June 14, 2011

The Living Presence of the Holy Trinity

Bl. Elisabeth of the Trinity witnesses to the living presence of the Holy Trinity.  In her theological vision, the Trinity is not an abstract puzzle which must be solved or the object of intellectual despair.  This is because very early on in own her life she felt the overwhelming love of God.  This love ravished her soul and she welcomed it and surrendered to it.  Rather than an abstract dogma, we find her addressing the Trinity in personal terms of endearment "my Three," "my All," and "my Beatitude."  Rather than a static idea, the Holy Trinity is for her ever actively present in the soul, constantly at work, continually rebuilding by love what we thought we destroyed.  The Trinity is no nihilistic, closed or absorbing reality.  Instead, the Trinity is so open and accessible that her writings suggest we only become most fully the creature we are predestined to be in Christ through completely entering into this mystery and allowing God to enter into us.  The Three in One and One in Three is our true home, the fulfillment of all desire, our inheritance with the saints, the Abyss of Mercy, the Furnace of Love, our heavenly homeland.

Access to this unfathomable mystery she describes in terms of  a wholly simple and loving movement, a gaze of love, a descent, a divine impact, an astonishing encounter with the Triune God.  To lovingly attend to God's living presence is to remain, to surrender, and to dwell with Him.  This kind of deep prayer, which she calls holy recollection or even contemplation, allows God to completely envelop and immovably establish the soul in the peaceful stillness of the Bosom of the Trinity.  It is the method of not using a method to approach God.  Rather, God crucified for our sake is approached in such humble gratitude of heart, it yields a "not knowing" of anything but Him and his great love.  She describes this kind of contemplation as primarily God's work which we make space for by self-denial and silence.  The soul humbly asks and obediently waits.  The Father engenders the Son and causes Love to be born in the heart.  In her vision of prayer, not only do we come to rest in the Holy Trinity - but God is transforming our hearts, renewing the image of the Trinity on earth.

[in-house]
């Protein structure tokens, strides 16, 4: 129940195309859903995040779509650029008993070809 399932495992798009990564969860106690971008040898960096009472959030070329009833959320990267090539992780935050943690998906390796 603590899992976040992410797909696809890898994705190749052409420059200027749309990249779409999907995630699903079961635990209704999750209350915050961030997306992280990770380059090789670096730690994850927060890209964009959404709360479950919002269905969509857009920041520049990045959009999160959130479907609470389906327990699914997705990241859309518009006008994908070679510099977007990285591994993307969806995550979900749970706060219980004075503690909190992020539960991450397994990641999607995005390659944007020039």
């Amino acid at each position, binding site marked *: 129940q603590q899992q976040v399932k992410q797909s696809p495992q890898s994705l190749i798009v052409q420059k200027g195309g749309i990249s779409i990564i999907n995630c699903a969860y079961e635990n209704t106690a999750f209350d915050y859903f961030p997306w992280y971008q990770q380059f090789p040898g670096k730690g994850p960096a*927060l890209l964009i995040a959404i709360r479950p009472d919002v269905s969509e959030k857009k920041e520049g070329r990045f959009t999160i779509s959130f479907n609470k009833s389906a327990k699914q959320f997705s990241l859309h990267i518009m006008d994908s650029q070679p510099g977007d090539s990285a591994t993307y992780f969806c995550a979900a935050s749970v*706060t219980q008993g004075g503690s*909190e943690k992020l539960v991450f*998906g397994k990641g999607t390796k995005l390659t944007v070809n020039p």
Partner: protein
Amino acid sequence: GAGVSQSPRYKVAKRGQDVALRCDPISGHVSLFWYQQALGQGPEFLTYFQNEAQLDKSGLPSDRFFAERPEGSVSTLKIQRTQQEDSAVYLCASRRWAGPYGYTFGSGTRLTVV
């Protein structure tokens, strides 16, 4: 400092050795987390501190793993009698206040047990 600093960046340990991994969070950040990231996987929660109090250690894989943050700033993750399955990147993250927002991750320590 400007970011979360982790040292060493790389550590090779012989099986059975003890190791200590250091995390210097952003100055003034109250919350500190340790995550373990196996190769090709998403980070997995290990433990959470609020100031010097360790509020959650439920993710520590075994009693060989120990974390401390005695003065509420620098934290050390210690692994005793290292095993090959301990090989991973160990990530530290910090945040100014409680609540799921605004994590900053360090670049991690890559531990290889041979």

Such prayer is purifying, simplifying, humbling and, at the same time, glorifying.  Blessed Elisabeth understood that our humble trust in Him makes us irresistible to Him.  He lavishes us with incalculable blessings, exceeding every expectation, and raising us above ourselves to participate in his very life.  For her, the weaknesses we discover in prayer do not impede God's work but instead become instruments through which He is revealed.  Human frailty is meant to be enveloped in divine splendor - and this is achieved in the deep silence of loving surrender to his living presence.  Through humbly clinging in love to the living presence of the Holy Trinity we become what we are predestined to be: the praise of glory.


  1. This is a beautiful essay. I like this: " It is the method of not using a method to approach God." I have always found methods not too helpful for me. I pray as I can and not as I can't. I ask God to increase my ability to pray in a way that He finds pleasing. I leave it at that and live in trust and gratitude. Prayer methods make me nervous.

  2. It's so easy and comes so naturally, good to be reminded of that - thanks Anthony - Blessings - Rene

  3. "...the Holy Trinity is for her ever actively present in the soul, constantly at work, continually rebuilding by love what we thought we destroyed." Yes, the Trinity's "constant work" and "continual rebuilding" within us is so beautiful. Your words here remind me of John of the Cross "Romances" where he describes the Trinity as "in Him he possessed infinite happiness." It is the limitless and infinite nature of God that He brings into our very being through His grace and takes our breath away.

  4. This is at least as good as anything my Carthusian author has to say. On those days when for the life of me I can't remember what prayer is about or how one goes about it, this would be excellent to read. Or any other time. It seems to me that contemplation needs a lot more people explaining it. I mean there's a lot that happens there, inside one, and it seems like the whole thing doesn't get discussed much. Like how would it be if no one ever talked about math? And there were no math classes? This is, to me, how severe the lack of a contemplative voice is in our society.